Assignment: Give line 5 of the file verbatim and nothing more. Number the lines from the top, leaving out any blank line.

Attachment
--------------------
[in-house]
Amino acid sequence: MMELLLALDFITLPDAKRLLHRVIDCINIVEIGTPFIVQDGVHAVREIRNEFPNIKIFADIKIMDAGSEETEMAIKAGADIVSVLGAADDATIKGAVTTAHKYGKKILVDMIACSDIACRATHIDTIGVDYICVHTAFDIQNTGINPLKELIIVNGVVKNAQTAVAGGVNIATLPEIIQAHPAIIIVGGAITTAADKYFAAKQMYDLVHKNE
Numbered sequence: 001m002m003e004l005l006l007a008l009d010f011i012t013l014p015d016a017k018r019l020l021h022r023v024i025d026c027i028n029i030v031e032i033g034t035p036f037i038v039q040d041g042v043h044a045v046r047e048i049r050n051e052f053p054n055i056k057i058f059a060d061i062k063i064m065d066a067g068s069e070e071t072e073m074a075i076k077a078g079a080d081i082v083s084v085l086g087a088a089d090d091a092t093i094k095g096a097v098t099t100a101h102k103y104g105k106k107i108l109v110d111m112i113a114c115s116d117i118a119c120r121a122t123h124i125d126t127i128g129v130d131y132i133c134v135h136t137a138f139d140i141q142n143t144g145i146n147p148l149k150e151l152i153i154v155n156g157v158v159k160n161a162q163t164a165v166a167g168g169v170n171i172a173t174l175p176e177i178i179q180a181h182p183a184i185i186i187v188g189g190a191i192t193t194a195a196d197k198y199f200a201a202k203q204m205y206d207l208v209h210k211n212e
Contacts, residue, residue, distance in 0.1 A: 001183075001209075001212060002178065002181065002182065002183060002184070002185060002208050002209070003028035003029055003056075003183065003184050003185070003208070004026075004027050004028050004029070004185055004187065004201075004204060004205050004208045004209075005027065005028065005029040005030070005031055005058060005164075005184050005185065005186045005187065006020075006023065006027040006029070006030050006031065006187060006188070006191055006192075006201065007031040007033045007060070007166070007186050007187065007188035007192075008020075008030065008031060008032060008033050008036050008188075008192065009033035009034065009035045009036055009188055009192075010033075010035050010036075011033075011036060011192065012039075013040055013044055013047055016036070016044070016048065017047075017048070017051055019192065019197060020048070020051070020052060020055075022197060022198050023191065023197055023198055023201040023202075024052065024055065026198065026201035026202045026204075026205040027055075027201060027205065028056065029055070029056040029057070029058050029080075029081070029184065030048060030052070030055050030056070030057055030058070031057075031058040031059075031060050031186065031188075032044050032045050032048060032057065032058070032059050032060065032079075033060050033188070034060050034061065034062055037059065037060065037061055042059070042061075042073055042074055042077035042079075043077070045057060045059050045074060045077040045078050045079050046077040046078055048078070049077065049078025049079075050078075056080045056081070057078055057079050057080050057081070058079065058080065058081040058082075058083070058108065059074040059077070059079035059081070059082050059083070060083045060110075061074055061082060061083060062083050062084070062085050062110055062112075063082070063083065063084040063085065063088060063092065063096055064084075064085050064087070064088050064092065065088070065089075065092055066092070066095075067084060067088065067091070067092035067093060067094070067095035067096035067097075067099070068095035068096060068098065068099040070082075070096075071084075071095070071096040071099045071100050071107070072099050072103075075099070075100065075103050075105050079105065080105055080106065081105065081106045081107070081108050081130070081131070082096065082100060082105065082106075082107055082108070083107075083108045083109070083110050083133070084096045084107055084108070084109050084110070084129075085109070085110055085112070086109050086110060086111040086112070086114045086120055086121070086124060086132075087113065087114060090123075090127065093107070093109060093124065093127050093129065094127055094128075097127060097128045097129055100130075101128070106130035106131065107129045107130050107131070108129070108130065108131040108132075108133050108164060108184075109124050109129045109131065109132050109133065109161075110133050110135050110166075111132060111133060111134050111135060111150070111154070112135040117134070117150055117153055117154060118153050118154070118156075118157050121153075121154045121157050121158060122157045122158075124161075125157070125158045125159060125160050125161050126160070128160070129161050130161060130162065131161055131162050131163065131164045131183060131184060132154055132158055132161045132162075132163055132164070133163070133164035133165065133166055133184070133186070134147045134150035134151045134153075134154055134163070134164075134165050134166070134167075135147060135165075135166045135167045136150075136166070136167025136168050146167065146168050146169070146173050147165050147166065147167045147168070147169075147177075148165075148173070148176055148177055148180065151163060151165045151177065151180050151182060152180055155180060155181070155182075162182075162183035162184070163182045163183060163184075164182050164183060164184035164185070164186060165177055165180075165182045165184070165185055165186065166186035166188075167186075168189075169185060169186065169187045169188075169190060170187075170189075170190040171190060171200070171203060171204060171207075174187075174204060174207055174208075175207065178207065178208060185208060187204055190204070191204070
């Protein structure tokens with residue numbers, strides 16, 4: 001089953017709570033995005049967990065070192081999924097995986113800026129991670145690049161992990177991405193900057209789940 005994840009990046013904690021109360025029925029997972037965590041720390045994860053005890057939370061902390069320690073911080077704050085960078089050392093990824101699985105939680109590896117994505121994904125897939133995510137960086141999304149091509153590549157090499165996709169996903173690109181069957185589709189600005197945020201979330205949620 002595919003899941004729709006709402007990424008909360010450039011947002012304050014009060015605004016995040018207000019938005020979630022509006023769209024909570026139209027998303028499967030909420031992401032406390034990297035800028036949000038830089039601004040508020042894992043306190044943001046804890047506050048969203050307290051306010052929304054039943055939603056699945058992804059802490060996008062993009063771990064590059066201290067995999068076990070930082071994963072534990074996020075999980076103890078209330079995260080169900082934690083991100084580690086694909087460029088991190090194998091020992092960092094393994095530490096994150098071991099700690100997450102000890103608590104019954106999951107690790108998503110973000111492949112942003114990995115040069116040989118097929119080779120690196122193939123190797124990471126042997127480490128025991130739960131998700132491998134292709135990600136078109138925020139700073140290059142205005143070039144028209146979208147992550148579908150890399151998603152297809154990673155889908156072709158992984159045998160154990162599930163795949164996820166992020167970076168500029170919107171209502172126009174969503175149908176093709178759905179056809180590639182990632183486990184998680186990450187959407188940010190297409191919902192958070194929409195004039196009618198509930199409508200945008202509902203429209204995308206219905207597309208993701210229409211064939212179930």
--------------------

């Protein structure tokens with residue numbers, strides 16, 4: 001089953017709570033995005049967990065070192081999924097995986113800026129991670145690049161992990177991405193900057209789940 005994840009990046013904690021109360025029925029997972037965590041720390045994860053005890057939370061902390069320690073911080077704050085960078089050392093990824101699985105939680109590896117994505121994904125897939133995510137960086141999304149091509153590549157090499165996709169996903173690109181069957185589709189600005197945020201979330205949620 002595919003899941004729709006709402007990424008909360010450039011947002012304050014009060015605004016995040018207000019938005020979630022509006023769209024909570026139209027998303028499967030909420031992401032406390034990297035800028036949000038830089039601004040508020042894992043306190044943001046804890047506050048969203050307290051306010052929304054039943055939603056699945058992804059802490060996008062993009063771990064590059066201290067995999068076990070930082071994963072534990074996020075999980076103890078209330079995260080169900082934690083991100084580690086694909087460029088991190090194998091020992092960092094393994095530490096994150098071991099700690100997450102000890103608590104019954106999951107690790108998503110973000111492949112942003114990995115040069116040989118097929119080779120690196122193939123190797124990471126042997127480490128025991130739960131998700132491998134292709135990600136078109138925020139700073140290059142205005143070039144028209146979208147992550148579908150890399151998603152297809154990673155889908156072709158992984159045998160154990162599930163795949164996820166992020167970076168500029170919107171209502172126009174969503175149908176093709178759905179056809180590639182990632183486990184998680186990450187959407188940010190297409191919902192958070194929409195004039196009618198509930199409508200945008202509902203429209204995308206219905207597309208993701210229409211064939212179930």